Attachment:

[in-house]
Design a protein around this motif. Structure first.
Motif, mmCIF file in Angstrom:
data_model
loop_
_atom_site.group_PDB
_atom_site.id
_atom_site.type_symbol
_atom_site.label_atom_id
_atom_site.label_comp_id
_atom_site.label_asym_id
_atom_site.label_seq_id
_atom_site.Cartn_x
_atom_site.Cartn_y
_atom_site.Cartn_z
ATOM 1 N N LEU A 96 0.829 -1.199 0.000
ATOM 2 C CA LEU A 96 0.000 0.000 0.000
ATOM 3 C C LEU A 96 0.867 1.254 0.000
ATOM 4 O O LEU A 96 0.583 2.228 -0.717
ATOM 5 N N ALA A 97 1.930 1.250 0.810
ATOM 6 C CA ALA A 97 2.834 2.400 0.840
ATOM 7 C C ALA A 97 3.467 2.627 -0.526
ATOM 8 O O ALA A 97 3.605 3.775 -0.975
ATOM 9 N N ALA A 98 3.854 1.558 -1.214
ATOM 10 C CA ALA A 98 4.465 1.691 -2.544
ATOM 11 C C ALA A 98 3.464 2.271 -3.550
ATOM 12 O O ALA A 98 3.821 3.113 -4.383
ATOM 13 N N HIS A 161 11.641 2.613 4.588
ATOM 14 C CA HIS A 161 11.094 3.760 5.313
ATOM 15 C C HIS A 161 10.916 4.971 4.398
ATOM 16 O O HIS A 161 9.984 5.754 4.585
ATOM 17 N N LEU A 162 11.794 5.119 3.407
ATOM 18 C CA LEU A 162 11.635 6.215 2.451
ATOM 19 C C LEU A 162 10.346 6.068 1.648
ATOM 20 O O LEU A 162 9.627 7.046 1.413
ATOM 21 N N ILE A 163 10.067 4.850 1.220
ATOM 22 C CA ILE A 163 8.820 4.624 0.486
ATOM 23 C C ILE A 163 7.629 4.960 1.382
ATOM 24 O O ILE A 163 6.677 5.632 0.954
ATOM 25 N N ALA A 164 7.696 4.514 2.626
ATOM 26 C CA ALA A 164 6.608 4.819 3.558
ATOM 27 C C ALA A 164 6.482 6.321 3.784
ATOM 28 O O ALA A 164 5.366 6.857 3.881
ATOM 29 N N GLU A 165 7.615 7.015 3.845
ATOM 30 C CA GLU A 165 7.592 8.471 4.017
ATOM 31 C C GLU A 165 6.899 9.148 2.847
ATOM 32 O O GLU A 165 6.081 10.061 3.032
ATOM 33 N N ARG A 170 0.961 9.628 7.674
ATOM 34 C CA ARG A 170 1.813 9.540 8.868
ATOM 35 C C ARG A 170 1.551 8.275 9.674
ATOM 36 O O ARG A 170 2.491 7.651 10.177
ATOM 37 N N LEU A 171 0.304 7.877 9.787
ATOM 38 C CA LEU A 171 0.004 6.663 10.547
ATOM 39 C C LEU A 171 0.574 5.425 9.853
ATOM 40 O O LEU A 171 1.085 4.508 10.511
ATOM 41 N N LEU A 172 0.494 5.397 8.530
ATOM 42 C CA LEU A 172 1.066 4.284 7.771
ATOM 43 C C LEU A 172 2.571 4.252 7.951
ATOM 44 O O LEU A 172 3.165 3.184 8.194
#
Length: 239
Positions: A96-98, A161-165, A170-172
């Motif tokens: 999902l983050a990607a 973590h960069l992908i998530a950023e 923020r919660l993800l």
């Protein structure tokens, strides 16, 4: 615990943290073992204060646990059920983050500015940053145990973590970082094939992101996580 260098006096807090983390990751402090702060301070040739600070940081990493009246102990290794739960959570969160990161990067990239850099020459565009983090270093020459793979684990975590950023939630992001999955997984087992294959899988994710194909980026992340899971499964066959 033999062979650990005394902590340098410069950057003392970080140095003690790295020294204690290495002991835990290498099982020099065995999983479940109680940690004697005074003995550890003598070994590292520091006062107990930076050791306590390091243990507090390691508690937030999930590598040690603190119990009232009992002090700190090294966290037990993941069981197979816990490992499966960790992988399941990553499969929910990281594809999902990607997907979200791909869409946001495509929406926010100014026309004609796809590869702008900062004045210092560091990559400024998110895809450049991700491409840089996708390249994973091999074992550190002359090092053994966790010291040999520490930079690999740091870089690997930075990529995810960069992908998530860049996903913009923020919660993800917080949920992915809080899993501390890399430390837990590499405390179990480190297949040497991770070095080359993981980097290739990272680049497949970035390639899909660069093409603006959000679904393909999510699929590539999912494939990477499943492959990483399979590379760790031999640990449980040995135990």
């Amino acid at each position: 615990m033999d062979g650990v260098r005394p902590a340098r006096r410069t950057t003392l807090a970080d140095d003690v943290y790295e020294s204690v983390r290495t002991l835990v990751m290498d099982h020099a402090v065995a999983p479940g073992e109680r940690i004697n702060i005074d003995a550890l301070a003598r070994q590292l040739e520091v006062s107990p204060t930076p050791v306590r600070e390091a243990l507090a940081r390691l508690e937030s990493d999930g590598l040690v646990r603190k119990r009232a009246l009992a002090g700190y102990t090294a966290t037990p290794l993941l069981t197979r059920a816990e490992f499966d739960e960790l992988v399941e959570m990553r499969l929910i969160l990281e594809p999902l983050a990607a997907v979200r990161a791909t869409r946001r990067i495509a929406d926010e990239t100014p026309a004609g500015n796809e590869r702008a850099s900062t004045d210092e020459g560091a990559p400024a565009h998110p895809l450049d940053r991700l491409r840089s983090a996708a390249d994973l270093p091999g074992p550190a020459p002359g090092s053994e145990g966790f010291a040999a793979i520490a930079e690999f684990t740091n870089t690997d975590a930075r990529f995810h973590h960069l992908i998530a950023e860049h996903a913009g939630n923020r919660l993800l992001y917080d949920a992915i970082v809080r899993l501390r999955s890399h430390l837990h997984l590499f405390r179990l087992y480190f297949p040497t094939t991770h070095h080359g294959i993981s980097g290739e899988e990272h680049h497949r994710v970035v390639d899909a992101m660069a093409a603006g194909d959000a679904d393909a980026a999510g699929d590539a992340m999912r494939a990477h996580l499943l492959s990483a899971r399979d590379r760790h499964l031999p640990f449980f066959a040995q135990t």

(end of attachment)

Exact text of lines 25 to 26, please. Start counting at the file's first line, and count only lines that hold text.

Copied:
ATOM 10 C CA ALA A 98 4.465 1.691 -2.544
ATOM 11 C C ALA A 98 3.464 2.271 -3.550